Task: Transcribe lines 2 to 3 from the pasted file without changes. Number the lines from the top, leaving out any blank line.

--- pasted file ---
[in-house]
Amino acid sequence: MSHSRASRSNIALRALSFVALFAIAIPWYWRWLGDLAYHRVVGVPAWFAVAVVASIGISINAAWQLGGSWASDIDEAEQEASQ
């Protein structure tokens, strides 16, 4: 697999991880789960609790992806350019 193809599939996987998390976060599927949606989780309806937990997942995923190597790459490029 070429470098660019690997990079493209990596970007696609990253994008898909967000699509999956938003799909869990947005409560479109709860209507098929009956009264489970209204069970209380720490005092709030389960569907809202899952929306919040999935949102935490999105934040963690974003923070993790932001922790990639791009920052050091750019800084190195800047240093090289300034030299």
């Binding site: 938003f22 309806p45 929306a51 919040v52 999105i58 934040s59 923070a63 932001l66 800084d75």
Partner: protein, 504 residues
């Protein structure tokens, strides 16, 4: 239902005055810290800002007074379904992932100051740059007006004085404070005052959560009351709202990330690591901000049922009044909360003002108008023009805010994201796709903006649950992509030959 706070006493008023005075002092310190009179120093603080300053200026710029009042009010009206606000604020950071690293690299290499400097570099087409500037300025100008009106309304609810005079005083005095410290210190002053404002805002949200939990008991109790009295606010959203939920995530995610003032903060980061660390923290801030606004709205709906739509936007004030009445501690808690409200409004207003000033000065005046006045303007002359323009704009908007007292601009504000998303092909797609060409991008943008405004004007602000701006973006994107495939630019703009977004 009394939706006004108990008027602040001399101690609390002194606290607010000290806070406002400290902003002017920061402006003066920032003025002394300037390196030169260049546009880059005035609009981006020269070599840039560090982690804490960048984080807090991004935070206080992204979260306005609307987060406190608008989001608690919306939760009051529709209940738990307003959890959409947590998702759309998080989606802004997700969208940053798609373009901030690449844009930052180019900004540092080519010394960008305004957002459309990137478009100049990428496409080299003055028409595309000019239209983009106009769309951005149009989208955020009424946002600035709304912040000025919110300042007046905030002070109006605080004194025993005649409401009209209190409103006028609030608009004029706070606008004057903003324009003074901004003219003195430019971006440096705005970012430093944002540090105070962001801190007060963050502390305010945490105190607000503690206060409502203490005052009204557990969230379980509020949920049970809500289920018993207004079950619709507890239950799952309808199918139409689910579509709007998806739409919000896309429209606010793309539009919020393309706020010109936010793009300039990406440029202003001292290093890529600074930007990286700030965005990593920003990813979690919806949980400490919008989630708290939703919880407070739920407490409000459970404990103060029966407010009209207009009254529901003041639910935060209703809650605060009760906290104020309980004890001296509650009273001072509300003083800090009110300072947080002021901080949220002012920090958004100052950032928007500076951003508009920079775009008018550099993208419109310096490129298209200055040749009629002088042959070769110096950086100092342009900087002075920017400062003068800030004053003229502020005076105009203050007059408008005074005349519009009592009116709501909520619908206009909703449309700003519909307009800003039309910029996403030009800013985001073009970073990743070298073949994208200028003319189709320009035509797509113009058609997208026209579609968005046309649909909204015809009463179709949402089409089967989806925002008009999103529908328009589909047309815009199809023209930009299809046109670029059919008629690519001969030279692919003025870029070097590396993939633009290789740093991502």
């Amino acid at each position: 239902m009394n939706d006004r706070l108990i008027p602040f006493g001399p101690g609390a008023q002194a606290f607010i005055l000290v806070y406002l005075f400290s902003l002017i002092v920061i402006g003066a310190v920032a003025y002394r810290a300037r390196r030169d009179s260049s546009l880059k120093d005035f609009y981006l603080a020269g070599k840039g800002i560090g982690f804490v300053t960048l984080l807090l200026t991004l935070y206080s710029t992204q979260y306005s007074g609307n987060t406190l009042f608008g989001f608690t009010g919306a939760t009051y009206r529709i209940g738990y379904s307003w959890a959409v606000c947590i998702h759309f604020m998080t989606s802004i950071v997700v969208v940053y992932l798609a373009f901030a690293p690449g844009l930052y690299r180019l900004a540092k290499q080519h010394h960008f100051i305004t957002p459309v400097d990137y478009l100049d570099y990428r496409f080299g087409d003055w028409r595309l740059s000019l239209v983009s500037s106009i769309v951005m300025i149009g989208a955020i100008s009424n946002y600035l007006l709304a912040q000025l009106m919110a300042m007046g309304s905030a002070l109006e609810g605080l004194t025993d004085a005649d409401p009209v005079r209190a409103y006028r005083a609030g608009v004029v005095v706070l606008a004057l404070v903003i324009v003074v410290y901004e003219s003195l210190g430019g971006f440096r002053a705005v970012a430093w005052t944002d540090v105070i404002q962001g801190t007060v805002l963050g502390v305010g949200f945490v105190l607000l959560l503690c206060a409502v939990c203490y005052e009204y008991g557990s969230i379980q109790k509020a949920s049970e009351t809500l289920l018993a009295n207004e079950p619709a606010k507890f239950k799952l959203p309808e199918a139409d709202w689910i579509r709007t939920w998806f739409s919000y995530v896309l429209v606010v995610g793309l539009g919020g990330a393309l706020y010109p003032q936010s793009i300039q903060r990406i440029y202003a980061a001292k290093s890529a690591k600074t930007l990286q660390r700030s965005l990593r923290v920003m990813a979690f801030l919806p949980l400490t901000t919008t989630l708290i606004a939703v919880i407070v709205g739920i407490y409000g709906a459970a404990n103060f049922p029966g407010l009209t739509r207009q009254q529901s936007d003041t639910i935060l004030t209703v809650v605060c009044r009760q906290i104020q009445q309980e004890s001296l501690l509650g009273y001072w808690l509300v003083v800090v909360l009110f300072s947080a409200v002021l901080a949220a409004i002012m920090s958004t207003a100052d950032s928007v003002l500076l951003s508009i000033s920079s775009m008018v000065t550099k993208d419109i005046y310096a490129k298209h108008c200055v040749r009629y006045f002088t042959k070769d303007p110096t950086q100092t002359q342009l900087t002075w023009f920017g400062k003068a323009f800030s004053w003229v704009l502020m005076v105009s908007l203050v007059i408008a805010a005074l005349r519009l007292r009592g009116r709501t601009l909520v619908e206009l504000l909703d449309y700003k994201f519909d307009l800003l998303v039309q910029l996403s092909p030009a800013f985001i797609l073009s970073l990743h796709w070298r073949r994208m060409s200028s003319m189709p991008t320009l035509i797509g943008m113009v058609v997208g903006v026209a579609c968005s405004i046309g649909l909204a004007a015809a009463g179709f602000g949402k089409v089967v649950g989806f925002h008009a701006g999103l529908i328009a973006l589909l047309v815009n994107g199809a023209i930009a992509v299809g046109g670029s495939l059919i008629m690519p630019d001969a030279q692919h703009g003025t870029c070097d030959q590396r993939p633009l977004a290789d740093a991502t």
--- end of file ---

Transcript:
Amino acid sequence: MSHSRASRSNIALRALSFVALFAIAIPWYWRWLGDLAYHRVVGVPAWFAVAVVASIGISINAAWQLGGSWASDIDEAEQEASQ
């Protein structure tokens, strides 16, 4: 697999991880789960609790992806350019 193809599939996987998390976060599927949606989780309806937990997942995923190597790459490029 070429470098660019690997990079493209990596970007696609990253994008898909967000699509999956938003799909869990947005409560479109709860209507098929009956009264489970209204069970209380720490005092709030389960569907809202899952929306919040999935949102935490999105934040963690974003923070993790932001922790990639791009920052050091750019800084190195800047240093090289300034030299």